The “flight lead” of the helicopters on the mission to kill Osama bin Laden, recently retired Chief Warrant Officer 5 Douglas Englen, has provided more information about that mission, with encouragement from his superior officers.
It was just 30 seconds into the mission to kill Osama bin Laden in May 2011 when special operations Chinook pilot Chief Warrant Officer 5 Douglas Englen heard the call of “Black Hawk down” come over his radio.
Black Hawk 2′s pilot alerted Englen — the pilot in charge of the air operation that night — that Black Hawk-1 had just crashed inside the 9/11 mastermind’s Abbottabad compound.
Englen, the air component planner for Operation Neptune’s Spear, was pissed off.
His crew in Chinook-1 and another crew in Chinook-2 had been setting up a refuel site for the two Black Hawks, about 30 miles to the north. But his Chinook immediately went straight to the objective area, to pick up the ground force and the aircrew. Meanwhile, the other Chinook stayed at the refueling site.
“We just went into contingency mode,” said Englen, talking about the raid, and his life, for the first time in an exclusive interview with Military Times. “Didn’t know the severity — if it was crashed with casualties? If it crashed in civilian area? All we do is minimize our time and get there as quick as possible,” Englen said.
He could see where the police lights were, where the commotion was happening. Blue police lights don’t show up in night vision goggles, so Englen looked under his goggles to see those blue lights.
From getting the call, Englen was there less than 10 minutes after the aircraft crash. As he came in fast to pick up the ground force and air crew, he saw the downed helicopter.
Just as Englen was about to land, the team master chief told him over the radio to break away. The fuse was ready to blow up the crashed helicopter.
“I was probably 100 feet from the aircraft when it blew up. It pushed our aircraft to the side. I had to actually fly away, make a tight circle and come back in, and land under the mushroom cloud. I landed to the east of the compound, right next to it. I mean like, right next to it,” Englen explained.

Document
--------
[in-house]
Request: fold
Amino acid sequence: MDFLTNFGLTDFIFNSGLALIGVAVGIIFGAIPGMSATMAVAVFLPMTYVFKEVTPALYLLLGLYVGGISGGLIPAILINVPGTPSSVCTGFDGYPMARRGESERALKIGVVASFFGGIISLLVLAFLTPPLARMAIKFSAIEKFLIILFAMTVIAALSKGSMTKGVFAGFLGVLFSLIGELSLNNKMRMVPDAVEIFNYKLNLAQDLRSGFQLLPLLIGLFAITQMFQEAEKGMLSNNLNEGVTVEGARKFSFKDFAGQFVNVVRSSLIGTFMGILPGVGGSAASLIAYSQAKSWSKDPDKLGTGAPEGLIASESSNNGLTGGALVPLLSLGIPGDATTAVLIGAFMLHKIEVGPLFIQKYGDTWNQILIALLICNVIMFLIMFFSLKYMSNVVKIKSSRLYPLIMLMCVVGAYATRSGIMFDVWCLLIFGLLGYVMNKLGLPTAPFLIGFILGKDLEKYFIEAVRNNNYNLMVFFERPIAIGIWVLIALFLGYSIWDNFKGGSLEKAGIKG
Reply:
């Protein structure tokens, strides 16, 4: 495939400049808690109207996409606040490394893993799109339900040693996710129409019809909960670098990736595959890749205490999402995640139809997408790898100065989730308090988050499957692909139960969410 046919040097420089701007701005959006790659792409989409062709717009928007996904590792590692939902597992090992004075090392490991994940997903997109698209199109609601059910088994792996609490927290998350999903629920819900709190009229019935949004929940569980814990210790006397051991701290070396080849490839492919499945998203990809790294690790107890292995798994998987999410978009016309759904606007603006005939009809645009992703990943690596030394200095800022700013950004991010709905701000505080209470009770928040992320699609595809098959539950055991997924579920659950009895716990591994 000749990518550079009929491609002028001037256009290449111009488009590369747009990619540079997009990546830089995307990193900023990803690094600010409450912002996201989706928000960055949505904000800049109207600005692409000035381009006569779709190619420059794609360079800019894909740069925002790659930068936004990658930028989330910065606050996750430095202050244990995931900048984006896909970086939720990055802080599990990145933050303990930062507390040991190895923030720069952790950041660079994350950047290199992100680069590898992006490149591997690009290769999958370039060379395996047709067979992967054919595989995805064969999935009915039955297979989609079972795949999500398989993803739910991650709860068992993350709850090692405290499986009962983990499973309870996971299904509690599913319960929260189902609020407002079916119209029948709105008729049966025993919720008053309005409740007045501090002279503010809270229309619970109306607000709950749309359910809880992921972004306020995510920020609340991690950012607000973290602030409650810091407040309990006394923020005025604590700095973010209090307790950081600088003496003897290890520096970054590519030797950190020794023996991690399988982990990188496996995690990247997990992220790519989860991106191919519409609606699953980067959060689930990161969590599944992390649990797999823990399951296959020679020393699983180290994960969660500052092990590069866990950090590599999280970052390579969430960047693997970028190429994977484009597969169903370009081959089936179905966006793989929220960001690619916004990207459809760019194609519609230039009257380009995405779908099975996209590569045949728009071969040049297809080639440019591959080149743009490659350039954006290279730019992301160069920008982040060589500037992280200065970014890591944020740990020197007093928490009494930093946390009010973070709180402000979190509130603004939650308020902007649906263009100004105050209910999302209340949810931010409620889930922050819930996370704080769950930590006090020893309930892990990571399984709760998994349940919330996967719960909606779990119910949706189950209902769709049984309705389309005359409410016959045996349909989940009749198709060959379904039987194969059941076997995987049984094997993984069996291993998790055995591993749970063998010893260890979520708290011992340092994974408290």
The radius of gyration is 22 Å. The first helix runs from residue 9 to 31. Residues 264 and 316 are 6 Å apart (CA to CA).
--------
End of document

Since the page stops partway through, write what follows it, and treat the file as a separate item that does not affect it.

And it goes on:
. . .
Englen’s Chinook headed back to Jalalabad, Afghanistan, while the remaining Black Hawk (Chalk-2) headed to the refuel site about 30 miles north of Abbottabad.
The other Chinook had set up prior to the Black Hawk coming in, shutting the aircraft down and running the fuel hoses out.
“So, that’s time for the Chinook to get there, time it to shut down, time to refuel, close up the refuel hoses, start the aircraft and head out. It takes a little bit of time,” Englen said.
That meant they were sitting on the ground vulnerable inside a sovereign nation, after invading its airspace and assaulting a compound. The Chinook was on the ground for probably 20 to 25 minutes.
Meanwhile, Englen’s lone Chinook on its way back was engaged three times by a Pakistani F-16. Because he’d anticipated and planned for that, he was able to defeat and evade the fighter jet.
“It was as an electronic fight. A missile never left the rail. So I was able to evade him electronically. That’s all I’ll say. But, he was searching and hunting for me, and three times came very close to actually launching a missile,” Englen said.
He’d done that before with other fighter jets on other missions.
“That’s why we were picked for this mission. And, I was one of the few who trained 160th crews how to do that,” he added.
Regardless, they were still jinking and jiving, flying nap-of-the-earth.
“We pulled every technique and tactic out of the book. And it worked,” he said.
There’s more at the link, including more about CWO5 Englen’s military career in general. He retired as the “senior warrant adviser to the secretary of the Army and most decorated aviator in the Army”.
Highly recommended reading.